Monday, April 14, 2014

La Brea bees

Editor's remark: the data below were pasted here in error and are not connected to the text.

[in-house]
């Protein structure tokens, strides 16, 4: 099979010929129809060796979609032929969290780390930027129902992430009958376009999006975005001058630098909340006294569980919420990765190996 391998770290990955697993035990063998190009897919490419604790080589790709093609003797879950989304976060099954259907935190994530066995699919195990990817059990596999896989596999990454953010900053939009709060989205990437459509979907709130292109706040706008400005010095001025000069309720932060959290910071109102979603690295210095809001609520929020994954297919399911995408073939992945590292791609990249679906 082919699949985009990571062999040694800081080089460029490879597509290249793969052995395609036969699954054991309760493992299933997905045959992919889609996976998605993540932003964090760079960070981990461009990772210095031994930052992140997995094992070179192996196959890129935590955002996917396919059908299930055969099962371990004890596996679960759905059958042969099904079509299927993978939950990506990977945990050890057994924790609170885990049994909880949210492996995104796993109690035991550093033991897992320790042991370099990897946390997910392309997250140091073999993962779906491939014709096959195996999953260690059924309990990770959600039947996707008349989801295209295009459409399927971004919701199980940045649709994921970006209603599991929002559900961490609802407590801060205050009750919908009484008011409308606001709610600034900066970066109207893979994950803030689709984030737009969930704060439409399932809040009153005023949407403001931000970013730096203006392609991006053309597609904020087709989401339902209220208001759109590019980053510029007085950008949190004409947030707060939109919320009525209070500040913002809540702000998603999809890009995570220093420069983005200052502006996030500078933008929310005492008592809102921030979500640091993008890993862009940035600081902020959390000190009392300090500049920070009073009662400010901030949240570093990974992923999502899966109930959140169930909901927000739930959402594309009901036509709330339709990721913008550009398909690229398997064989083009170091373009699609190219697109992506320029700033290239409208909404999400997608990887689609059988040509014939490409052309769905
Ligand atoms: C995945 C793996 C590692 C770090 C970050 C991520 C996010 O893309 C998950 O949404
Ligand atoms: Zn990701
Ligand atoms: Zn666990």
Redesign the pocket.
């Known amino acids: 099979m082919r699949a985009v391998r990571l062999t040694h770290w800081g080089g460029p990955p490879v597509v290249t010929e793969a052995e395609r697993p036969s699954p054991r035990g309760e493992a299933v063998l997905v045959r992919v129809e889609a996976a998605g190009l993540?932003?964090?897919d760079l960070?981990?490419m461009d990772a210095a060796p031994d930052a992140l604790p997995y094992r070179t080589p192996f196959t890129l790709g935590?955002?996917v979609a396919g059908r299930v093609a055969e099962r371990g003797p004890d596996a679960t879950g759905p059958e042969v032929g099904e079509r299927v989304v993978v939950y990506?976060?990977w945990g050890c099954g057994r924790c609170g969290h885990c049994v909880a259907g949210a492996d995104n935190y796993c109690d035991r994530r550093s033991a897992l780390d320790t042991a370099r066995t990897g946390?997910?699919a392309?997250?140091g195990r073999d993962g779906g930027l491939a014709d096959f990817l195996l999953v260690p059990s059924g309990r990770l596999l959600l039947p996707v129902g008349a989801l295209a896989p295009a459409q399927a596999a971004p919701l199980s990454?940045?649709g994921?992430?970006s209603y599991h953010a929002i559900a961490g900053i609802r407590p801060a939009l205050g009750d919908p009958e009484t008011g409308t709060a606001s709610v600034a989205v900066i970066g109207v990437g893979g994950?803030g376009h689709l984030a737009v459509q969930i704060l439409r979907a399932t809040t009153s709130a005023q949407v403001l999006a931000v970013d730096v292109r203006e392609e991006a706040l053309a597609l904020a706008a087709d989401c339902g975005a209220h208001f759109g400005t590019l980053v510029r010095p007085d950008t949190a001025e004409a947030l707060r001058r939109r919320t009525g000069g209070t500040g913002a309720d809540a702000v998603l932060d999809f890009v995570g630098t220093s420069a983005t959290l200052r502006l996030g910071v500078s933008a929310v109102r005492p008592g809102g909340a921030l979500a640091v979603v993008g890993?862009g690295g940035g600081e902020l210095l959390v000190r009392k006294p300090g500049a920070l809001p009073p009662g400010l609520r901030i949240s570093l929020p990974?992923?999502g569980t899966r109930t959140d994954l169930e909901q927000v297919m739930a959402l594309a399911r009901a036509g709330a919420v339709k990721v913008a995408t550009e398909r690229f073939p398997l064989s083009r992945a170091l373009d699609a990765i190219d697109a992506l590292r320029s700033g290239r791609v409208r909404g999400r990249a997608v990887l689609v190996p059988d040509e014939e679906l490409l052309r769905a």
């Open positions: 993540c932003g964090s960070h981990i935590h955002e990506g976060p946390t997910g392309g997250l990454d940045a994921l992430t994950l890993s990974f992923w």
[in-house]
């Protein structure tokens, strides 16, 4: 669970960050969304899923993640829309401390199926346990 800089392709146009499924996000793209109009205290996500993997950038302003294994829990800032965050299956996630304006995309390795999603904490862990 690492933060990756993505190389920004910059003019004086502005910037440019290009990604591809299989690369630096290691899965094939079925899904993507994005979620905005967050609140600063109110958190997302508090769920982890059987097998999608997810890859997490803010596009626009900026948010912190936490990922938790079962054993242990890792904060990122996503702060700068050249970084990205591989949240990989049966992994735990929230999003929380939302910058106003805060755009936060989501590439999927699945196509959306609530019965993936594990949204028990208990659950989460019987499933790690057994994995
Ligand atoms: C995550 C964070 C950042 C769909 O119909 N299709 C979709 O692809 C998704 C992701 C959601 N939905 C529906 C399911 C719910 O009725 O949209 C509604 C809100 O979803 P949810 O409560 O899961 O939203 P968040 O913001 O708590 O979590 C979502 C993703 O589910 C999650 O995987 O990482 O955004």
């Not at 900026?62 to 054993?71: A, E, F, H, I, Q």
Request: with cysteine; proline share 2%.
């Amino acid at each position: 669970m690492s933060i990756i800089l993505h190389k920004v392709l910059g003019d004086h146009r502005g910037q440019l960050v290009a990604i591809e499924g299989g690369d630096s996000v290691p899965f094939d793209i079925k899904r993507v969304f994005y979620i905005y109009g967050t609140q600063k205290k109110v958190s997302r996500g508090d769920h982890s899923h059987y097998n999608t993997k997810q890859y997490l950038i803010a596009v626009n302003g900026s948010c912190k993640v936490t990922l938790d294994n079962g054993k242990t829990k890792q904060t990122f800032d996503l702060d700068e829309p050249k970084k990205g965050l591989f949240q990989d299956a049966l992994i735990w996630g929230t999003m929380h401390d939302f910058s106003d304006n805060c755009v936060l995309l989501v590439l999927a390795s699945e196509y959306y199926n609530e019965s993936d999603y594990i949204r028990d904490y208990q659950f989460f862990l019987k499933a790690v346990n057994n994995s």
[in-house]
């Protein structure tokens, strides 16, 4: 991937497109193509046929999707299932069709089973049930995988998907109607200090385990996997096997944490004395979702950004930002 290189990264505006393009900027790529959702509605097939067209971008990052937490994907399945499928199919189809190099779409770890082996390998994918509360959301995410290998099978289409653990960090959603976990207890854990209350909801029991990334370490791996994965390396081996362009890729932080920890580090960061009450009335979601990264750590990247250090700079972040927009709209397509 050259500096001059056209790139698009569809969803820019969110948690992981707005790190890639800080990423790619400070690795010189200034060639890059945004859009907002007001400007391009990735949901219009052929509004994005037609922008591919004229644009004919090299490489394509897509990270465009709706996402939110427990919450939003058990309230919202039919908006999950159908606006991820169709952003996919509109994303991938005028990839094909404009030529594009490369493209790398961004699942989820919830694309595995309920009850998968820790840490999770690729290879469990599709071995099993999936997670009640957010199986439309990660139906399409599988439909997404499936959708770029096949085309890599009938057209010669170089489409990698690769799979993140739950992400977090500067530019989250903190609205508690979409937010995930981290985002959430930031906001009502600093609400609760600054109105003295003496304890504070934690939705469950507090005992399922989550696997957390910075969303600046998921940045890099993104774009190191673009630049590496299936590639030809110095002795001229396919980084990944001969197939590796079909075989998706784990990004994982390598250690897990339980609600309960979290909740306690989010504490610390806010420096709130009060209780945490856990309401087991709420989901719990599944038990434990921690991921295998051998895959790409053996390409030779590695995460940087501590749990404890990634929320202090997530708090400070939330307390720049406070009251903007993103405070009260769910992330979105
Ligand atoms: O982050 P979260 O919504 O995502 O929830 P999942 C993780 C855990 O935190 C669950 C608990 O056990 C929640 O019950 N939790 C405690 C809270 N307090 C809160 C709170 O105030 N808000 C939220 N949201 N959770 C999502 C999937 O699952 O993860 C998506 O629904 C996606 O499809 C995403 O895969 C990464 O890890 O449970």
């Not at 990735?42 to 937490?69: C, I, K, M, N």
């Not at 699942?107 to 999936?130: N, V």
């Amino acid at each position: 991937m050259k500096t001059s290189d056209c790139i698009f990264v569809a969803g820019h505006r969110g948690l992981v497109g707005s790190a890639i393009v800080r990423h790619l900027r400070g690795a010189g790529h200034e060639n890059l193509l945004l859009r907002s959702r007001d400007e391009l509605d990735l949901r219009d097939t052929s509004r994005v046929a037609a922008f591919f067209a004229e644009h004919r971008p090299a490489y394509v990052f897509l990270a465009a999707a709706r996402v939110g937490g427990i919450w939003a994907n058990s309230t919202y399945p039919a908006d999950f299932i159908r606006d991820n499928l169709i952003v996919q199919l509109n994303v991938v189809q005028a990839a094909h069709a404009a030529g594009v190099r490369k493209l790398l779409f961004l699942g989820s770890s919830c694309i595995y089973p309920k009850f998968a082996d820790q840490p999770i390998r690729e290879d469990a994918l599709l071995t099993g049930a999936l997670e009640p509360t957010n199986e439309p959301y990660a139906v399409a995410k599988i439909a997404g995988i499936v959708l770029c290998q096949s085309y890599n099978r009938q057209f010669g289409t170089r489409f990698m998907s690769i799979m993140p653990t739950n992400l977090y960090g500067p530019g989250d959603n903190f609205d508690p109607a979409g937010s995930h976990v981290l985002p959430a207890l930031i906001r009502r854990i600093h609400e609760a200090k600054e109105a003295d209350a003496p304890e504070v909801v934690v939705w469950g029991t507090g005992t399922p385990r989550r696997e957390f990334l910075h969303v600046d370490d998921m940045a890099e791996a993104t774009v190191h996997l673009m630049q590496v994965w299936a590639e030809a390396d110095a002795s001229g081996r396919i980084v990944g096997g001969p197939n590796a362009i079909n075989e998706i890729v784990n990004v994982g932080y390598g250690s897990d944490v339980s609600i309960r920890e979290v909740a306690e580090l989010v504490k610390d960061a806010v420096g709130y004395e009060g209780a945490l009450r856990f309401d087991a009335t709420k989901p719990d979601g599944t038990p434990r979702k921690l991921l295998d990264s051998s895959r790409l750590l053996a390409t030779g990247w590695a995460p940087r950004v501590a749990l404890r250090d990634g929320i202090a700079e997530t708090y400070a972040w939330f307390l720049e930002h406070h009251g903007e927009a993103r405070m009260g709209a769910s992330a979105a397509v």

"I had read some of the big literature that said leafcutter bees aren't really identifiable by their nest cells. But I thought, 'That just can't be true; there's got to be a way,'" thought entomologist Anna Holden of the Natural History Museum of Los Angeles County, California, U.S. She was examining 2 nest cells from their collection, which had been excavated from the La Brea tar pits in 1970 and she was sure they were leafcutters. With the help of her colleagues, she found a way. The researchers analyzed the nest cell architecture and the physical features of the bee pupae using high-resolution micro-computed tomography (CT) scanners. They cross-referenced their data with environmental niche models that predict the geographic distribution of species, and determined that their Ice Age specimens belonged to Megachile gentilis, a bee species that still exists today. The image above compares a modern female leafcutter bee pupa on the left with the scan of the male leafcutter that buzzed around the tar pits 23,000 years ago.

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